THOUGHT FOR NOVEMBER: The problem with the gene pool is that there is no lifeguard.
REMEMBERING OUR FORMER COLLEAGUES:
• Vincent L. Arillo, of Silver Spring, MD, passed away on October 3rd. He was an Engineering Technician at Goddard who, over time, worked in the Spacecraft Technology Division, Office of Space Science & Technology Operations; the same division in the Technology Directorate; the Electronics Division of the Space Applications & Technology Directorate; and the Instrument Division of the Engineering Directorate.
• Gary K. Davis, of Brookeville, MD, passed away on September 26th. He was an Honorary GRAA Member who was an Engineer at the National Oceanic and Atmospheric Administration (NOAA). During his 37-year career at NOAA, he forged close and longstanding collaborations with NASA Goddard colleagues on shared NASA/NOAA missions. He oversaw the development and launching of 32 satellites, all of which advanced the ability to monitor and predict environmental conditions and weather forecasting.
• Edward J. Eisele, Jr., of Stoughton, WI, passed away September 20th. He was an Engineer at Goddard who worked in the Office of Tracking & Data Systems; the STADAN Operations Division of the Tracking & Data Systems Directorate; and the Network Operations Division of the Networks Directorate. He was Station Director of the STADAN Station in Fairbanks, AK, for 20 years.
• Otto E. Hildebrand, of Stevensville, MD, passed away on October 10th. He worked in the Plant Operations & Maintenance Division of the Administration & Management Directorate, as a Building Engineer for the Building 3/13/14 complex for several years and then became an Inspector in the Facilities Engineering Division of the Management Operations Directorate.
• Robert “Bob” E. Kidwell, Jr., of Chestertown, MD, passed away October 9th. He was an Aerospace Engineer at Goddard whose focus was the development of thermal physics and temperature controls for spacecraft. During his career, he worked in the Office of Space Science & Satellite Applications; the Spacecraft Technology Division of the Technology Directorate; and the Engineering Physics Division of the Space Applications & Technology Directorate.
• Bradford Torain, of Brookeville, MD, passed away on August 20th. He was a Communications Engineer at Goddard and served in numerous progressively responsible assignments. During his career, he worked in the NASA Communications Division of the Manned Flight Support, Networks, Mission Operations & Data Systems, and Management Operations Directorates. At the time of his passing, he was serving as Associate Director of the Information Technology & Communications Directorate.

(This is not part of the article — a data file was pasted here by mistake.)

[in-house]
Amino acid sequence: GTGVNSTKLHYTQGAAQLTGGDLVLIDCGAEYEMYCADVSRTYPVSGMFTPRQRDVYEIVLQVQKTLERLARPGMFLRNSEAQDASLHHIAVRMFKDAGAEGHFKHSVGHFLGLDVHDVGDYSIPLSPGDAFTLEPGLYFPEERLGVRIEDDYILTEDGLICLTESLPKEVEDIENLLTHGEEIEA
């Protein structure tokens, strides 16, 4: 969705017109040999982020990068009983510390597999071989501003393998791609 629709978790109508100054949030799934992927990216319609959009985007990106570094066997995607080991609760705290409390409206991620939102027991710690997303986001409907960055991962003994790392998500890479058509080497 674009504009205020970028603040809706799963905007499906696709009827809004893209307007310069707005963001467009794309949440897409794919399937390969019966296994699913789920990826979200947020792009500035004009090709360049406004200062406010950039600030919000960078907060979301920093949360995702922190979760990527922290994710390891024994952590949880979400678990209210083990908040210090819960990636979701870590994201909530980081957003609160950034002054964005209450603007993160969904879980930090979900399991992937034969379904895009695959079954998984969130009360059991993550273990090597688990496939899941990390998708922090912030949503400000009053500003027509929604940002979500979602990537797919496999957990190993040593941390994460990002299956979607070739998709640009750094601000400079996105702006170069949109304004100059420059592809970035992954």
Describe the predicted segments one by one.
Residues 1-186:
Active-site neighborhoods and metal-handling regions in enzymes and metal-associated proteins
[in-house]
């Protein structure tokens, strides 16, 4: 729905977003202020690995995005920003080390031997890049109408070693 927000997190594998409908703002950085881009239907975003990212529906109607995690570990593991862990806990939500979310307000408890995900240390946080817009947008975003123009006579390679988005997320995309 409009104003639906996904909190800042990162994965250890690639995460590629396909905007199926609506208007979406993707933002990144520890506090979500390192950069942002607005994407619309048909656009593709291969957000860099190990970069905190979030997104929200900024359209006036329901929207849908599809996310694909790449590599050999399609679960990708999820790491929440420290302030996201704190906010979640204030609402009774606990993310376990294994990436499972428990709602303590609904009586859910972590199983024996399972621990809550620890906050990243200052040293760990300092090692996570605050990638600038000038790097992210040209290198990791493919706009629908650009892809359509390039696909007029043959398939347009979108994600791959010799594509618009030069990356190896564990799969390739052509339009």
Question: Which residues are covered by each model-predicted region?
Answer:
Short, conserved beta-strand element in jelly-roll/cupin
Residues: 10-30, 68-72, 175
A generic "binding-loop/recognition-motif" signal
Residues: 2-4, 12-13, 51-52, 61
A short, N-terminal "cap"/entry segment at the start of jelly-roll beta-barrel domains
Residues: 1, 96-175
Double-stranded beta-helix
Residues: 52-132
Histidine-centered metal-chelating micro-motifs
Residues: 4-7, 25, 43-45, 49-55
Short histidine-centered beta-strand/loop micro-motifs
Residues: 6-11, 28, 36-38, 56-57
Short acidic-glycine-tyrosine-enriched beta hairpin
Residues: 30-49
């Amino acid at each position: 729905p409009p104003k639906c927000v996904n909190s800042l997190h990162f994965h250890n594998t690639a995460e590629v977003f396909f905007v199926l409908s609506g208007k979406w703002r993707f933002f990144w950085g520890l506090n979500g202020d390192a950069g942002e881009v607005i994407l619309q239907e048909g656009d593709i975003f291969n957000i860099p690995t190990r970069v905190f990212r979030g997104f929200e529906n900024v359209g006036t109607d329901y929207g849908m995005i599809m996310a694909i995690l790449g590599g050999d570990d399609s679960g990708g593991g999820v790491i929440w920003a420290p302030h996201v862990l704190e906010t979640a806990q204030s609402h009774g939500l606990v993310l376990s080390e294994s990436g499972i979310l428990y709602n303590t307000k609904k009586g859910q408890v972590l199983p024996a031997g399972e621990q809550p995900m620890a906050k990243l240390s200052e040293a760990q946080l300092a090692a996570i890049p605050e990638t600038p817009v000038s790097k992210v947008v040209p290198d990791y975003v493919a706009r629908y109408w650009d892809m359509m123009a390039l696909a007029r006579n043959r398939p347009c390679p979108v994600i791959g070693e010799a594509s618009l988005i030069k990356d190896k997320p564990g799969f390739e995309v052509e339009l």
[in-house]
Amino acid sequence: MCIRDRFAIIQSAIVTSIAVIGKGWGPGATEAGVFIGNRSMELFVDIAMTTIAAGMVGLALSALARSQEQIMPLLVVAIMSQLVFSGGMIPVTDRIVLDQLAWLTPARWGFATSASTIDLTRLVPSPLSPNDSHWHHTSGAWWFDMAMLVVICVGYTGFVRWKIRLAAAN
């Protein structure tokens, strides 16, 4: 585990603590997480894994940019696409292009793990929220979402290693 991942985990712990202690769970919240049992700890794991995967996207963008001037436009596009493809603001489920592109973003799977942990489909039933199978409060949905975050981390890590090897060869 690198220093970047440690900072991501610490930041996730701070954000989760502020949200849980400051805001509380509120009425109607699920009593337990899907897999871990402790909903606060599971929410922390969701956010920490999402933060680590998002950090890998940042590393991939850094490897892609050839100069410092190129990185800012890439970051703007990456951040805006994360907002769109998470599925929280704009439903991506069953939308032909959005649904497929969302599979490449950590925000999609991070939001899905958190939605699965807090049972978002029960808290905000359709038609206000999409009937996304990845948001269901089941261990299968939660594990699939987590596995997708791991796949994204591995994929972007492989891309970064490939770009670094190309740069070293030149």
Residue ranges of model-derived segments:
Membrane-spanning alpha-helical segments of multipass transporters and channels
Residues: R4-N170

NIMBUS 50TH ANNIVERSARY CELEBRATION : The theme of the Nimbus 50th Anniversary Celebration on October 8th at the Visitor Center was “Significant Earth Science Contributions and Benefits to Society.” Speakers covered Earth observations from the beginning with Nimbus and TIROS to current weather and Earth observing satellites and explained how weather forecasting, knowledge of the atmospheric and ocean constituents, and search and rescue has expanded over the past 50 years.
FROM THE GODDARD ARCHIVES – IT HAPPENED IN NOVEMBER: Twenty-five years ago, on November 18, 1989, a Delta rocket launched the Explorer 66/COBE satellite from Vandenberg Air Force Base, CA. COBE was a satellite dedicated to cosmology and its goals were to investigate the cosmic microwave background of the universe and provide measurements that would help shape our understanding of the cosmos. Instrument operations were terminated December 23, 1993. As of January 1994, engineering operations concluded, after which operation of the spacecraft was transferred to Wallops Flight Facility (WFF) for use as a test satellite. COBE’s instruments provided evidence/affirmation of the “Big Bang” theory and provided the basis for the 2006 Nobel Prize in Physics shared by Dr. John Mather of Goddard and Dr. George Smoot of the University of CA Berkeley/Lawrence Berkeley National Laboratory.
WFF PREPARING FOR ANOTHER LAUNCH TO INTERNATIONAL SPACE STATION (ISS): On October 16th, WFF personnel moved Orbital’s Cygnus cargo carrier to the Horizontal Integration Facility where it is being mated to the Antares rocket. The launch is currently scheduled for no earlier than 6:44 p.m. on October 27th, pending an assessment of damage that may have occurred in Bermuda from Hurricane Gonzalo. A tracking facility there is required for the Antares launch to the ISS.